Just using one or two of these suggestions may help shave chunks off the time it takes you to complete a
project. So don’t feel you have to try every single one of these ideas in order to cut your sewing time.
Tip #1 for Sewing Fast
People interrupt us. Or the phone rings. Before we know it, an hour has flown by. Or noise from the t.v. or
stereo interferes with our concentration. Then we make mistakes that take time to correct. Therefore, try
leaving the t.v. and stereo off when you sew and letting the answering machine pick up. And can you steal
some time for yourself when you’re not likely to be interrupted? Perhaps early in the morning or late at
Tip #2 for Sewing Fast
Have a place for every tool. For instance, have a place on the wall for hanging your guide sheet, scissors,
and tape measure. Keep all of those itty, bitty tools like presser feet and bobbins in plastic, sectioned
trays. Keep larger tools and interfacings in drawers.
And put your tools back when you’re finished with them so you can easily find them again.Tip #3 for Sewing Fast
This is so much better than having everything thrown in a sewing basket that you have to rummage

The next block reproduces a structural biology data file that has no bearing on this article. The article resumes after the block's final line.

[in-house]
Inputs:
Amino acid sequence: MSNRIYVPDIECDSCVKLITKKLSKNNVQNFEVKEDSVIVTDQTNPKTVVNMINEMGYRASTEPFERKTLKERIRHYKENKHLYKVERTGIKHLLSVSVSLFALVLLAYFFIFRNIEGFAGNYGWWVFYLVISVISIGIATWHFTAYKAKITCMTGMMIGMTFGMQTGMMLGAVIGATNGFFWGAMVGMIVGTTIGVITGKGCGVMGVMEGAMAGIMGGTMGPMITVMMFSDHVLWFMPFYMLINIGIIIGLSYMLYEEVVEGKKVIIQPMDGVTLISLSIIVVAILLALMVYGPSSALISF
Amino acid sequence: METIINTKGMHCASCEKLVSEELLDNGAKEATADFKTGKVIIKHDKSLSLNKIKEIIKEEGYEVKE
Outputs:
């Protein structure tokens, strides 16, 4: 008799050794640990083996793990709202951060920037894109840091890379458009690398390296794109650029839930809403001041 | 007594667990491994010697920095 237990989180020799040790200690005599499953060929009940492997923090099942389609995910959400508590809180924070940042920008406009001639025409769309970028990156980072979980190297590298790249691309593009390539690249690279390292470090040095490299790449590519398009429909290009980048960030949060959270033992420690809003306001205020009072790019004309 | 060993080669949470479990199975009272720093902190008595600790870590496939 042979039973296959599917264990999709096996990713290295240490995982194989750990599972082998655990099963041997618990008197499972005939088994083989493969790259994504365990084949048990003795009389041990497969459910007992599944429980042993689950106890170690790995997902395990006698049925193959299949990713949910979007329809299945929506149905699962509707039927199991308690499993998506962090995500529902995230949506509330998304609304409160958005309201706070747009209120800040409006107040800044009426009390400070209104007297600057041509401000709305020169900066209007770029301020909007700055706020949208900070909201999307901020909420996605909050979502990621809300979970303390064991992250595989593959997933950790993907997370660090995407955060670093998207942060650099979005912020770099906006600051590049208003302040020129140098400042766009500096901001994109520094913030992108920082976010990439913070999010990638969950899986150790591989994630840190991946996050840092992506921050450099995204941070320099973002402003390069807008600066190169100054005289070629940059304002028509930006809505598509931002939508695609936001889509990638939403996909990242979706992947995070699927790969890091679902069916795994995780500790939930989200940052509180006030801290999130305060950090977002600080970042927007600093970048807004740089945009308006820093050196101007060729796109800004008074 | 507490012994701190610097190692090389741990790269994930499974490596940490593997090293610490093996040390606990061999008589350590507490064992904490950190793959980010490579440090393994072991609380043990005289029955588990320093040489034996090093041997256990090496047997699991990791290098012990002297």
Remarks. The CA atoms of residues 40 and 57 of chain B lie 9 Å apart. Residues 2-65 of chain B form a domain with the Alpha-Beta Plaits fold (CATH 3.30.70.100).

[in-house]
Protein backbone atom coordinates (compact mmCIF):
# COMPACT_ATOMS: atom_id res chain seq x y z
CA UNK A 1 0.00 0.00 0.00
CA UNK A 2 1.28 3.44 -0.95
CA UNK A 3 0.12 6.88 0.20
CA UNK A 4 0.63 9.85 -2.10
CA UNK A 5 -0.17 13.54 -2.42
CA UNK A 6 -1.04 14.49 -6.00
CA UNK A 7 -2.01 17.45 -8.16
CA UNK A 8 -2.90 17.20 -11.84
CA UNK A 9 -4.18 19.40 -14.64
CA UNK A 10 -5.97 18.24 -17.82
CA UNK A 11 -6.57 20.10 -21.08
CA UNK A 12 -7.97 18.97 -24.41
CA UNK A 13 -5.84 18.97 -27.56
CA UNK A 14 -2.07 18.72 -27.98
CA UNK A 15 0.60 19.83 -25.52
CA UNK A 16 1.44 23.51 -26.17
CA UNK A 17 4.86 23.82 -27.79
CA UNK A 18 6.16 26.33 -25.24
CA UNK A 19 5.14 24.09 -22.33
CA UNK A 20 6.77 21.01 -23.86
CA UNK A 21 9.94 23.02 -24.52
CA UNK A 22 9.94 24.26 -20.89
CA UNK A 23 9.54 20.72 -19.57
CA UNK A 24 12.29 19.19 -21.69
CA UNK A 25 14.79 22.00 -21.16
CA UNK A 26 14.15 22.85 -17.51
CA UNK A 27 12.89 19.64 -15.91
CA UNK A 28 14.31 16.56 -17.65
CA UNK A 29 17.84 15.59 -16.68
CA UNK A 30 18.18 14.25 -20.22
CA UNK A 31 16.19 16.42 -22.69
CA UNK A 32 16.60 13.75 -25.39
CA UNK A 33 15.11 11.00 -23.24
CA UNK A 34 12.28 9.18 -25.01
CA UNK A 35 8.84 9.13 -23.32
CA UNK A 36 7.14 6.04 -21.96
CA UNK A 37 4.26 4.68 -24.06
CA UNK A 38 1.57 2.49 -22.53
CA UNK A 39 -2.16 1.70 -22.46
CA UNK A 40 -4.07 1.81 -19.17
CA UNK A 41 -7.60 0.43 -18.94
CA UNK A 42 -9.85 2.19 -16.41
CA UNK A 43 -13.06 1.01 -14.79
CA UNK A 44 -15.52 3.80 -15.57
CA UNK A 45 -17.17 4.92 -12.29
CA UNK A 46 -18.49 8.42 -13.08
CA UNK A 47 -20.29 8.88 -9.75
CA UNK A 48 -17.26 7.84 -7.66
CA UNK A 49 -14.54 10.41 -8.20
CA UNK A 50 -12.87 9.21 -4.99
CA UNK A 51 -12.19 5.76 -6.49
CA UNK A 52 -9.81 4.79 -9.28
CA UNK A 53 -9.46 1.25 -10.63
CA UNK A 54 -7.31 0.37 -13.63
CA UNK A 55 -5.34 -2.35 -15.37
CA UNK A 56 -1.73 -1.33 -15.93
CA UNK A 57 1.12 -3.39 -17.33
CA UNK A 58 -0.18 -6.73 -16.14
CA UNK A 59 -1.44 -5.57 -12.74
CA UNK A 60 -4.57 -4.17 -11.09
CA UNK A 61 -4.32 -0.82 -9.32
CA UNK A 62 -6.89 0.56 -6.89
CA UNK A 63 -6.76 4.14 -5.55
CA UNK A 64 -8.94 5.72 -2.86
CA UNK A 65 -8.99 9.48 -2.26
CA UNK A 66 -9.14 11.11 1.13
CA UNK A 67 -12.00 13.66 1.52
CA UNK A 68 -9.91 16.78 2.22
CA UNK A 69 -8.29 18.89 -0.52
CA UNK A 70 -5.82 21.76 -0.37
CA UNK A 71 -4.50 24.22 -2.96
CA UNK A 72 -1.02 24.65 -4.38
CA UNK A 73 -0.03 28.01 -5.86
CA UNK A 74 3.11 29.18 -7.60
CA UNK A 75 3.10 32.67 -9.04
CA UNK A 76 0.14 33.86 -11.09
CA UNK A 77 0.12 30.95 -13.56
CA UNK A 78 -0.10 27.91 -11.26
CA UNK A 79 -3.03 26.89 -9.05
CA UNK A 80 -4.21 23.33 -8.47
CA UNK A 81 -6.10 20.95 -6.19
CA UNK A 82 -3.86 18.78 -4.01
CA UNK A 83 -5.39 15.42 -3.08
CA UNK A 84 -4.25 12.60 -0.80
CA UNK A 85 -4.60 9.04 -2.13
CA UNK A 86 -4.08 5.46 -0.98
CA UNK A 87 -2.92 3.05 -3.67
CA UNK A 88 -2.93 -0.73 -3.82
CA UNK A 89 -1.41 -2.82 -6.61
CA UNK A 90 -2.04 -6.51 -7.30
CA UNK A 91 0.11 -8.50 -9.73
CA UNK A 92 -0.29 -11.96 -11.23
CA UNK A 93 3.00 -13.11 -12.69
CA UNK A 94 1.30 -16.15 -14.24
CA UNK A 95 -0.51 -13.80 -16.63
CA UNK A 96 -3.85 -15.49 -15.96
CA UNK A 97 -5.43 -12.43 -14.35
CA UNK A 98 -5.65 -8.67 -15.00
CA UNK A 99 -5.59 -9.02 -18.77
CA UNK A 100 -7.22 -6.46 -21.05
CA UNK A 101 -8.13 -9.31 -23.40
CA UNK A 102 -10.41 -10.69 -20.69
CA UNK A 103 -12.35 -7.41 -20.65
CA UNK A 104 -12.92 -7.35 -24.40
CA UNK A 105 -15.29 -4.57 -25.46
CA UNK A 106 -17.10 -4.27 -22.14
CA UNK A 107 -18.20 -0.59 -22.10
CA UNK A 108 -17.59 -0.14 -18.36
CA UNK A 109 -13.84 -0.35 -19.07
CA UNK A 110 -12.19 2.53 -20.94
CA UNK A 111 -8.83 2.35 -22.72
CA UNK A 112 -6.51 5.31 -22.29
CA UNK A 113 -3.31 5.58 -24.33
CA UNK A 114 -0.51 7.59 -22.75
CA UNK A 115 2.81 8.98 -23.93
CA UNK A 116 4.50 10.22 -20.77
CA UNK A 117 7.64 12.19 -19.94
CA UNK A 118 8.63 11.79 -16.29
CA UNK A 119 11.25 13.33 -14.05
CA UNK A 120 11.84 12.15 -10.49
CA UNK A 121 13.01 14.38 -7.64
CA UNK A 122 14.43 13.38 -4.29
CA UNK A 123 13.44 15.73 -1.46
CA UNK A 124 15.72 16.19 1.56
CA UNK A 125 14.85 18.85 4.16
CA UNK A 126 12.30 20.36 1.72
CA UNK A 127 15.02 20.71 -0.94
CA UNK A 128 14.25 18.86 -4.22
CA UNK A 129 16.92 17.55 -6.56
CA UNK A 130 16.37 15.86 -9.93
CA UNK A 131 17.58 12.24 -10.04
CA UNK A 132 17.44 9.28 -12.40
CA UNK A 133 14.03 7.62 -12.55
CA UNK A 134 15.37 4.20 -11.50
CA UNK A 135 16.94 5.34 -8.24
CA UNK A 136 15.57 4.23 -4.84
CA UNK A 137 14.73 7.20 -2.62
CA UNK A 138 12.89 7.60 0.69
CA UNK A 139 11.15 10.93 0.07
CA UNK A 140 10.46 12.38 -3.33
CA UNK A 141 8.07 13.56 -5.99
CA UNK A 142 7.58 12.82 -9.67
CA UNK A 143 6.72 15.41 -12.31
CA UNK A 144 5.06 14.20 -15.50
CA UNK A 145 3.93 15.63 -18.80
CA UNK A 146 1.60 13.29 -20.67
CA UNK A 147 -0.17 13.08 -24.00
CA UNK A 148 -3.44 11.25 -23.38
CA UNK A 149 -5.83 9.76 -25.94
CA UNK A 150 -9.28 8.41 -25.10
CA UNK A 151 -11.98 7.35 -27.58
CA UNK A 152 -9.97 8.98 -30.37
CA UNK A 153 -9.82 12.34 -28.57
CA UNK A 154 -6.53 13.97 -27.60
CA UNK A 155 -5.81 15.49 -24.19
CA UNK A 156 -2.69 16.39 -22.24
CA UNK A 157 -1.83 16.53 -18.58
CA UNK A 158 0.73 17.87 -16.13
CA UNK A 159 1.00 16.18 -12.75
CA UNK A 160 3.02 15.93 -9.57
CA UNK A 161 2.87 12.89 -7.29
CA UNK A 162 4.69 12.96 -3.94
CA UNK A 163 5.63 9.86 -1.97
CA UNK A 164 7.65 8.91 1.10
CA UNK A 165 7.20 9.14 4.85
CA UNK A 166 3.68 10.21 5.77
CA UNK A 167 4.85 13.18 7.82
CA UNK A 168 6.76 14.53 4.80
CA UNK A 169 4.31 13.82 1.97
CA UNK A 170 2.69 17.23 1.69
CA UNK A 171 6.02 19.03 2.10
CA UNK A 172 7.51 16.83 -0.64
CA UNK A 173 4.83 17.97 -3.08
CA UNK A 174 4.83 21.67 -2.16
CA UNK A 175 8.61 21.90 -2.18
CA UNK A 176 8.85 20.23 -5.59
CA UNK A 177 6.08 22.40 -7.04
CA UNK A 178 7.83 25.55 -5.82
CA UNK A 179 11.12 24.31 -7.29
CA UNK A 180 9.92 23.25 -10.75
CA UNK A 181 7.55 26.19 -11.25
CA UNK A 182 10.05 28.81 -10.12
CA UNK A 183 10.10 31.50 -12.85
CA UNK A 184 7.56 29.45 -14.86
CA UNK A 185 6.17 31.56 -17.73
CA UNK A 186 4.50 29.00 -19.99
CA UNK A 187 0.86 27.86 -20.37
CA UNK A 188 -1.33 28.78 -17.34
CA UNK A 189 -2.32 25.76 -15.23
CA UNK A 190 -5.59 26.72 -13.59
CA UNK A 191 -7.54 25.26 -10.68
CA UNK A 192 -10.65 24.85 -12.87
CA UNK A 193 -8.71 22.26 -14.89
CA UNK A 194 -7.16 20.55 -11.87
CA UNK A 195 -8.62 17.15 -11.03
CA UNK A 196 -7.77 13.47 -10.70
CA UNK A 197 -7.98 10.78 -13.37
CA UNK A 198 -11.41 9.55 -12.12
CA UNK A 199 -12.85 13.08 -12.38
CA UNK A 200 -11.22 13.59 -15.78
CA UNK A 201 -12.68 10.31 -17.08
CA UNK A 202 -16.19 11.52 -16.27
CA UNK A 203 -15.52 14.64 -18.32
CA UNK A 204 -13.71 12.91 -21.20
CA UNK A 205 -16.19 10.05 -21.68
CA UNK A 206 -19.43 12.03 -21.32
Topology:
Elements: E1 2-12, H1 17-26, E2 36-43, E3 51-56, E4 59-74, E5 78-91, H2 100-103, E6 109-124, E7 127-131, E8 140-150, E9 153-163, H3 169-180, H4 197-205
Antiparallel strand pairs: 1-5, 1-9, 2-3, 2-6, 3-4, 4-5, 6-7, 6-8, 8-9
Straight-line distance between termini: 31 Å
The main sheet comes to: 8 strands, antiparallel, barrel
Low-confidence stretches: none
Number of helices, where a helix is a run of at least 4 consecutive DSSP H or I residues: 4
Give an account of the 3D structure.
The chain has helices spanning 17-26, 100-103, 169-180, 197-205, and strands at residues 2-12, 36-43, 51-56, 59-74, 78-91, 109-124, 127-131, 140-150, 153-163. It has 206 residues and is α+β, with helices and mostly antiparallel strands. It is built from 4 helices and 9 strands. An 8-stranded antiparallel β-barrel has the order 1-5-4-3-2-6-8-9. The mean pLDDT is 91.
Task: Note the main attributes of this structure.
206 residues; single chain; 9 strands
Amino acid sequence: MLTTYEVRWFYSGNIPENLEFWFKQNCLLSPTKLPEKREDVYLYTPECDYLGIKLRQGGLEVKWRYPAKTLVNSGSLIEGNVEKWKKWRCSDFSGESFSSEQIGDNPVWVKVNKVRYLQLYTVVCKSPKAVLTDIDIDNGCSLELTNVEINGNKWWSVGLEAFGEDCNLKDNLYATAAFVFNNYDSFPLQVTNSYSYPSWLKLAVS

through every time you need a tool.
Keep your tools in good, working order.
Keep your scissors sharp. Use sharp pins and seam rippers. Keep your sewing machine well maintained and
use a new machine needle for every project.
Tip #4 for Sewing Fast
Tip #5 for Sewing Fast
Keep your work area is well lit.
Constantly having to squint to see what you’re doing slows you down. Plus, the better you can see your
work, the less likely you are to make mistakes – such as accidentally clipping into a seam or sewing crooked
Designate an area in your home just for sewing.
I know this may be impractical for some. But if you can swing it, the time saving benefits can be great.
When you have a separate sewing space, you don’t spend time setting up your sewing machine, cutting
board, and ironing board every time you want to sew. And you don’t spend time putting everything back